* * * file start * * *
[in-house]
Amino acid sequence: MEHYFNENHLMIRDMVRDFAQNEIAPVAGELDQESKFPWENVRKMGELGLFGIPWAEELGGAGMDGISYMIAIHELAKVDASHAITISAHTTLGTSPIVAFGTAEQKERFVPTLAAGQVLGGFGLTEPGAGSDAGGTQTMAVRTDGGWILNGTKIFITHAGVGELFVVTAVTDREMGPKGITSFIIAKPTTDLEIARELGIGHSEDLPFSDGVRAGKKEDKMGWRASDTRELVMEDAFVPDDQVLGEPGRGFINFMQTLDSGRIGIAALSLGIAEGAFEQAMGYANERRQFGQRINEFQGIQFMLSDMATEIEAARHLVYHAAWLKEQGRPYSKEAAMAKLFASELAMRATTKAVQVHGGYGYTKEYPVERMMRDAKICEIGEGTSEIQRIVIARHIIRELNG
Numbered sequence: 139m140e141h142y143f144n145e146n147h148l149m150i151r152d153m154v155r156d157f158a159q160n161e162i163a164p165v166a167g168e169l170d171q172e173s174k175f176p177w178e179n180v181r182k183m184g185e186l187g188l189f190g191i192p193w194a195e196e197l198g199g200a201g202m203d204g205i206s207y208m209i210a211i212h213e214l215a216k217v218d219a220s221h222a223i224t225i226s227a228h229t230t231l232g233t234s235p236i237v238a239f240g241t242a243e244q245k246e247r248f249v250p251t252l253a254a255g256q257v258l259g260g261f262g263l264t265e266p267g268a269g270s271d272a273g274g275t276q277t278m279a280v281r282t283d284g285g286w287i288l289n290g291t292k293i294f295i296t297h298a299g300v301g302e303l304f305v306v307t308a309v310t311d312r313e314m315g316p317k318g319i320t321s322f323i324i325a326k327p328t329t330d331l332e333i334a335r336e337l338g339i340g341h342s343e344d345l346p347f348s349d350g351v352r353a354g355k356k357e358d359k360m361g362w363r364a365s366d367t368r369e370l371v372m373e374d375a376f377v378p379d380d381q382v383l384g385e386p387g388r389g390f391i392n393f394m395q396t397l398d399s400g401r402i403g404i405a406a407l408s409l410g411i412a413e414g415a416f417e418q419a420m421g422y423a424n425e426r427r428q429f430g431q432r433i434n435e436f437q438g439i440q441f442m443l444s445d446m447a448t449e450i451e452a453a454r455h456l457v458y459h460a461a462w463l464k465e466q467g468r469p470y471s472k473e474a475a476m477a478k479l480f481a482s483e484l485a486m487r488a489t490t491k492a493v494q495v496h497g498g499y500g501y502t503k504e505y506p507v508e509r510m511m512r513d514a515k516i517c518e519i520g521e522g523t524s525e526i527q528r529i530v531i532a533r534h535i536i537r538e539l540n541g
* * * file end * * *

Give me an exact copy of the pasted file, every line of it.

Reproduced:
[in-house]
Amino acid sequence: MEHYFNENHLMIRDMVRDFAQNEIAPVAGELDQESKFPWENVRKMGELGLFGIPWAEELGGAGMDGISYMIAIHELAKVDASHAITISAHTTLGTSPIVAFGTAEQKERFVPTLAAGQVLGGFGLTEPGAGSDAGGTQTMAVRTDGGWILNGTKIFITHAGVGELFVVTAVTDREMGPKGITSFIIAKPTTDLEIARELGIGHSEDLPFSDGVRAGKKEDKMGWRASDTRELVMEDAFVPDDQVLGEPGRGFINFMQTLDSGRIGIAALSLGIAEGAFEQAMGYANERRQFGQRINEFQGIQFMLSDMATEIEAARHLVYHAAWLKEQGRPYSKEAAMAKLFASELAMRATTKAVQVHGGYGYTKEYPVERMMRDAKICEIGEGTSEIQRIVIARHIIRELNG
Numbered sequence: 139m140e141h142y143f144n145e146n147h148l149m150i151r152d153m154v155r156d157f158a159q160n161e162i163a164p165v166a167g168e169l170d171q172e173s174k175f176p177w178e179n180v181r182k183m184g185e186l187g188l189f190g191i192p193w194a195e196e197l198g199g200a201g202m203d204g205i206s207y208m209i210a211i212h213e214l215a216k217v218d219a220s221h222a223i224t225i226s227a228h229t230t231l232g233t234s235p236i237v238a239f240g241t242a243e244q245k246e247r248f249v250p251t252l253a254a255g256q257v258l259g260g261f262g263l264t265e266p267g268a269g270s271d272a273g274g275t276q277t278m279a280v281r282t283d284g285g286w287i288l289n290g291t292k293i294f295i296t297h298a299g300v301g302e303l304f305v306v307t308a309v310t311d312r313e314m315g316p317k318g319i320t321s322f323i324i325a326k327p328t329t330d331l332e333i334a335r336e337l338g339i340g341h342s343e344d345l346p347f348s349d350g351v352r353a354g355k356k357e358d359k360m361g362w363r364a365s366d367t368r369e370l371v372m373e374d375a376f377v378p379d380d381q382v383l384g385e386p387g388r389g390f391i392n393f394m395q396t397l398d399s400g401r402i403g404i405a406a407l408s409l410g411i412a413e414g415a416f417e418q419a420m421g422y423a424n425e426r427r428q429f430g431q432r433i434n435e436f437q438g439i440q441f442m443l444s445d446m447a448t449e450i451e452a453a454r455h456l457v458y459h460a461a462w463l464k465e466q467g468r469p470y471s472k473e474a475a476m477a478k479l480f481a482s483e484l485a486m487r488a489t490t491k492a493v494q495v496h497g498g499y500g501y502t503k504e505y506p507v508e509r510m511m512r513d514a515k516i517c518e519i520g521e522g523t524s525e526i527q528r529i530v531i532a533r534h535i536i537r538e539l540n541g